House Speaker Scott Bedke says he wasn’t involved in behind-the-scenes talks last week about Idaho’s science standards.
But Bedke, R-Oakley, supports the final outcome: a series of standards that are silent on climate change.
“I’m OK with how it turned out,” Bedke said Wednesday afternoon, during a question-and-answer session sponsored by the Idaho Press Club.
The House Education Committee forced the issue on science standards on Feb. 9, voting to delete five sections that referred to climate change and related topics. That left the Senate Education Committee in something of a bind. Under Idaho’s complicated rulemaking process, the two committees had to agree on some form of science standards, or all of the new standards would have been struck down, forcing the state to revert back to old standards written in 2001.
Last Thursday, Senate Education held off on a vote, in order to allow senators and House members to look for a compromise. Senate Education relented on Monday, voting to side with the House.
Bedke said he supported this final decision, because it allowed the state to update most of its science standards while setting the climate change question aside. “There’s zero controversy in the periodic table,” he said.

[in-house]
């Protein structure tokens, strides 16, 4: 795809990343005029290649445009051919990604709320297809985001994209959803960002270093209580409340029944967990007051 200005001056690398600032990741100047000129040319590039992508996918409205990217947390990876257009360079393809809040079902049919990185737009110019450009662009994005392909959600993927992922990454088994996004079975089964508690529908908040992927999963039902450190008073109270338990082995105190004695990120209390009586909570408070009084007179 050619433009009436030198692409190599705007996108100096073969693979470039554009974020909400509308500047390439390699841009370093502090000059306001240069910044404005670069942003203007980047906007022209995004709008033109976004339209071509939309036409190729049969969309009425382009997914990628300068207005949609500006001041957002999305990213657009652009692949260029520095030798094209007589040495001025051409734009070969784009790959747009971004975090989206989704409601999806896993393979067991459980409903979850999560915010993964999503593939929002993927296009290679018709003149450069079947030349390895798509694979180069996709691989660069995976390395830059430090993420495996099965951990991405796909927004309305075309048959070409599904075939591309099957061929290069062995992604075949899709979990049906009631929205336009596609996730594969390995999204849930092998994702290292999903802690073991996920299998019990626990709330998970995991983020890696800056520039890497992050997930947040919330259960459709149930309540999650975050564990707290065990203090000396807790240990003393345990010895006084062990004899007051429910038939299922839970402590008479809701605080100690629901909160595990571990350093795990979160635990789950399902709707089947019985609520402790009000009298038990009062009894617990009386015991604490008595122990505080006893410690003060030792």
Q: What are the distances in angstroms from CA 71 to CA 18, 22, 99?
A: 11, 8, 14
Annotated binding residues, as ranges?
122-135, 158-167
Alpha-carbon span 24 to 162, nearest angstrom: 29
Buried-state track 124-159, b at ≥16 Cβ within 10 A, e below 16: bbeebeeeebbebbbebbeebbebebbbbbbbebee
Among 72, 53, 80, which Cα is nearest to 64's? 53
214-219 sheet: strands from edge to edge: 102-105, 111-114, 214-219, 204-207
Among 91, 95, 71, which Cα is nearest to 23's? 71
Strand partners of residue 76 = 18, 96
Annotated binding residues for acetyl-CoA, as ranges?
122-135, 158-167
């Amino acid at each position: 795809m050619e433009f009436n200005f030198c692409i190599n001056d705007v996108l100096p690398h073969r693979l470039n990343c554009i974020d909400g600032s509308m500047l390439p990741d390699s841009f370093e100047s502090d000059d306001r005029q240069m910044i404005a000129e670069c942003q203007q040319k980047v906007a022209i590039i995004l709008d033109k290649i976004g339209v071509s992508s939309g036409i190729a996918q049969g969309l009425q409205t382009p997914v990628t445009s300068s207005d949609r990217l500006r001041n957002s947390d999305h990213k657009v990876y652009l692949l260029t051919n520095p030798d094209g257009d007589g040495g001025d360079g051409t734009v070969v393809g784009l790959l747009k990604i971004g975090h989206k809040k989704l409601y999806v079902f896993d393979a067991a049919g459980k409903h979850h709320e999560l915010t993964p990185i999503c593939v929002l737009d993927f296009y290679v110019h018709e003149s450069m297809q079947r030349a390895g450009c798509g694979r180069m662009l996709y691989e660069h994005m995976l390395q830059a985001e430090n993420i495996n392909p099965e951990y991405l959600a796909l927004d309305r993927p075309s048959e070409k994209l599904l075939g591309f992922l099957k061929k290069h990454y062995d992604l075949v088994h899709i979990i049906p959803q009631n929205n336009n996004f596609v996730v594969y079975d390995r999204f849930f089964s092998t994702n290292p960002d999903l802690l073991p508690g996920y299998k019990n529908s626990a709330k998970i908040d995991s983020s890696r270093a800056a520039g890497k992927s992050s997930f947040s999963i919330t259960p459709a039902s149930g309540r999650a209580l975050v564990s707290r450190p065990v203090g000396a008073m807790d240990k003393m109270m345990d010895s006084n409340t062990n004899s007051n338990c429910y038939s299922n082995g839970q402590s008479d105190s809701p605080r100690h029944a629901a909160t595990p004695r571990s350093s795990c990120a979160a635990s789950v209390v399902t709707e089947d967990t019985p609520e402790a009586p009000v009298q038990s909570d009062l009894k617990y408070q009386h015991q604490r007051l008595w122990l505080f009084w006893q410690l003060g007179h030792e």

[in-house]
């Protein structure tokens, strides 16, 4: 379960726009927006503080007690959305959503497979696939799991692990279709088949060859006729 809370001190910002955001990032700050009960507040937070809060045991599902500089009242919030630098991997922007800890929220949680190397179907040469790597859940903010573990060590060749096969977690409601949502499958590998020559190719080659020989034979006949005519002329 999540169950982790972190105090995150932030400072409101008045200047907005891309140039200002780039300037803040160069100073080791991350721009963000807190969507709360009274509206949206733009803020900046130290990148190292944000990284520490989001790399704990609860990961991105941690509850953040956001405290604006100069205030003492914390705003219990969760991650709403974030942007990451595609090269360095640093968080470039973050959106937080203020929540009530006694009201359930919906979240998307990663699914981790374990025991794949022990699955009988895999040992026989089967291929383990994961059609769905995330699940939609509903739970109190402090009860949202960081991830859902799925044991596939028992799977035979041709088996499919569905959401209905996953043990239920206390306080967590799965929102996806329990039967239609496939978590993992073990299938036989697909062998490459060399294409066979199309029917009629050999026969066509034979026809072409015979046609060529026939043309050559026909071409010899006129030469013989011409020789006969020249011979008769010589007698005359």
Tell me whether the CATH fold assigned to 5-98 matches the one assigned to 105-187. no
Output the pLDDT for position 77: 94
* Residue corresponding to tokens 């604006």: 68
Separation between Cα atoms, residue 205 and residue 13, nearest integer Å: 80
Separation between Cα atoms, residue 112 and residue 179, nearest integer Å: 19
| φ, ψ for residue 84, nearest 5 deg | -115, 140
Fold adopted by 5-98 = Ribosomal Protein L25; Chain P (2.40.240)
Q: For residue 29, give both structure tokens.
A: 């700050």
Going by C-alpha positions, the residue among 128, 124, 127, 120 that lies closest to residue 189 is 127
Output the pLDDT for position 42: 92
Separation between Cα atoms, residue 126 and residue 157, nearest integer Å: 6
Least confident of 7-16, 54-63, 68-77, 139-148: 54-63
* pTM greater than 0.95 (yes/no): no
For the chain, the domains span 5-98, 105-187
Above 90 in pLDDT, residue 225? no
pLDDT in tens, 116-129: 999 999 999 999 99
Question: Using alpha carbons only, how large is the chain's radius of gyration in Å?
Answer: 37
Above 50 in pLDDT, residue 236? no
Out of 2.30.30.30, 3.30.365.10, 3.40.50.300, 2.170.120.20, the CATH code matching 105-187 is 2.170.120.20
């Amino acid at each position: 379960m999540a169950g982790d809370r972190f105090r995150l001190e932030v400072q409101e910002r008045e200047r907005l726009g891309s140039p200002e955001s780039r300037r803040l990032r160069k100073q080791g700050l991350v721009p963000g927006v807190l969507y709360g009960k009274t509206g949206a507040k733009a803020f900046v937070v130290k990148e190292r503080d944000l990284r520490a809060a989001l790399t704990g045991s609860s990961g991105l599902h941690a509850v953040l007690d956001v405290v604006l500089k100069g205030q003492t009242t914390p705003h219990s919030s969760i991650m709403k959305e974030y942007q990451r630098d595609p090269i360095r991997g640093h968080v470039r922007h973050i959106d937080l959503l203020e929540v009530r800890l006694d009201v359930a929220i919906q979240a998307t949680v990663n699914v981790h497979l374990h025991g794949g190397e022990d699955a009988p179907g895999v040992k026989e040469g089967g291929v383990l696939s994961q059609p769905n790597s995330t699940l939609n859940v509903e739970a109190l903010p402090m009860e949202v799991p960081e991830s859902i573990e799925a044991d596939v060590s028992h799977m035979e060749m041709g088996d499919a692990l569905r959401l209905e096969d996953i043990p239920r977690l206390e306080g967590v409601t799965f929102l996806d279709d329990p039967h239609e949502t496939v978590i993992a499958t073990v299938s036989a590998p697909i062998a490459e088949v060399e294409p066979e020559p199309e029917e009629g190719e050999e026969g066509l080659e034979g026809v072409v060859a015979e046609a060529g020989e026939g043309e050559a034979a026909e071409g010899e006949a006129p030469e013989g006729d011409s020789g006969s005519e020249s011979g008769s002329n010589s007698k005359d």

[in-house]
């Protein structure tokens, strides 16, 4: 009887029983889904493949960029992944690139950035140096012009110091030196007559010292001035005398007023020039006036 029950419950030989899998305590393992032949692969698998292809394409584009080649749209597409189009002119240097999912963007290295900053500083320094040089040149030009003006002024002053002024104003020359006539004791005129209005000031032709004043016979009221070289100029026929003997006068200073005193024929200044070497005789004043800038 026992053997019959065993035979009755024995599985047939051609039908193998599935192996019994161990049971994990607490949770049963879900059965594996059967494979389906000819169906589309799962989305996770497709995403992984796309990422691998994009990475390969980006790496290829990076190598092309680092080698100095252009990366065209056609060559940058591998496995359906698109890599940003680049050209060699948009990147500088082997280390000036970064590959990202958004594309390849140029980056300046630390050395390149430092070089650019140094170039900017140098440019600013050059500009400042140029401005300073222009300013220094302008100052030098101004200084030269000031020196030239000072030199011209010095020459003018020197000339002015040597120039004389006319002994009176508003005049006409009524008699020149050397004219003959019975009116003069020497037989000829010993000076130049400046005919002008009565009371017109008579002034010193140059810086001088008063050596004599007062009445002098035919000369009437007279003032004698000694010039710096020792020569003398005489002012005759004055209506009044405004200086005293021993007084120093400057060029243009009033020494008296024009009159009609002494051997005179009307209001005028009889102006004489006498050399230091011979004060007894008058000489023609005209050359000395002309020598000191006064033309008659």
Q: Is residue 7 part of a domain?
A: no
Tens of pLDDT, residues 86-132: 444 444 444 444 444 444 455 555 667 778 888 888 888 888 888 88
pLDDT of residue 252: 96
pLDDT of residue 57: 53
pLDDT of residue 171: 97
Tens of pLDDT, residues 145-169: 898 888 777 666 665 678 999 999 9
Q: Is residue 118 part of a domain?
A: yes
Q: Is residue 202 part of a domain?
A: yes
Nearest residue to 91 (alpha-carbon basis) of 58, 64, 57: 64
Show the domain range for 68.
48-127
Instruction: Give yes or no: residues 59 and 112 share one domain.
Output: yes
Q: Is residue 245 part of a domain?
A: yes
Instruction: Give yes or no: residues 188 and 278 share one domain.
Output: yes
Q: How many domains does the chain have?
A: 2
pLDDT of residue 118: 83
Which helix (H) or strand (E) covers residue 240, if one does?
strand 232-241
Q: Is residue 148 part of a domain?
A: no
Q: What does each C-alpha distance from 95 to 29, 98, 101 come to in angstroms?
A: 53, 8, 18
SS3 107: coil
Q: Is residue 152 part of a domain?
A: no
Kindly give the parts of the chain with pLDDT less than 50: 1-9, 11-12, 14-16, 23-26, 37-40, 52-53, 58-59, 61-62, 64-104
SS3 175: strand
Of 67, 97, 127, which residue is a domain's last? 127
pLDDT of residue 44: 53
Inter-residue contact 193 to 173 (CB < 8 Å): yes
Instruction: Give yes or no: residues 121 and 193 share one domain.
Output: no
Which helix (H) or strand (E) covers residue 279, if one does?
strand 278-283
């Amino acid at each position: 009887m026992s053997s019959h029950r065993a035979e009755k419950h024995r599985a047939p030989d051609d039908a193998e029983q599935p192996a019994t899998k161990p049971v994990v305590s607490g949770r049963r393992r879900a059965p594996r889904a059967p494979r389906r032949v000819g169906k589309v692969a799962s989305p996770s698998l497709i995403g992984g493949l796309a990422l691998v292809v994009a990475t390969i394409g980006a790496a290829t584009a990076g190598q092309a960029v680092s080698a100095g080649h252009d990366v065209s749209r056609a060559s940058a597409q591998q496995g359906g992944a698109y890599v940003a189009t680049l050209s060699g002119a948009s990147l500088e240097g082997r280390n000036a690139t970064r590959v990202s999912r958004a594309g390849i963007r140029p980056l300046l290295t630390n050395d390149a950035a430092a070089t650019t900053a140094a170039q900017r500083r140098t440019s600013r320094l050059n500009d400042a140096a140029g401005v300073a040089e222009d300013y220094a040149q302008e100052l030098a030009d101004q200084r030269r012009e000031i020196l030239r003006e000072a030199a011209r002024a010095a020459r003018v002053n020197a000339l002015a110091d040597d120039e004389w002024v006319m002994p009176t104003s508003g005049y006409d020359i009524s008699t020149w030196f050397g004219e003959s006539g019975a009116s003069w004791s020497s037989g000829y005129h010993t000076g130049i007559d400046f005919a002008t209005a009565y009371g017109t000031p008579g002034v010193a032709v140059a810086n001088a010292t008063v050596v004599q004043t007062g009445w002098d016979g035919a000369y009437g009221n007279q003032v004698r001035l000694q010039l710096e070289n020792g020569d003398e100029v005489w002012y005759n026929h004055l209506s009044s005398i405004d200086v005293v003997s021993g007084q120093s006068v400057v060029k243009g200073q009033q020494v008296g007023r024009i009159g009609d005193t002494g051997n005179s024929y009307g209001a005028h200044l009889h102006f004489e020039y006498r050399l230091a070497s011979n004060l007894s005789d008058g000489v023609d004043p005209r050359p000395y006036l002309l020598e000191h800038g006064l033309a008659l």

Monday’s vote is not the last word. The 2018 Legislature will have to revisit the science standards, and probably the climate change issue.
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Bedke, a rancher, expressed his personal views on climate change Wednesday. He said he has subscribed to the idea that Idaho winters are changing — but he said the winter of 2016-17 has left him wondering about climate change. Across the Magic Valley and in his legislative district, this winter has brought heavy snows and flooding that have closed and damaged roads, cutting off farms, communities and one school in Minidoka County.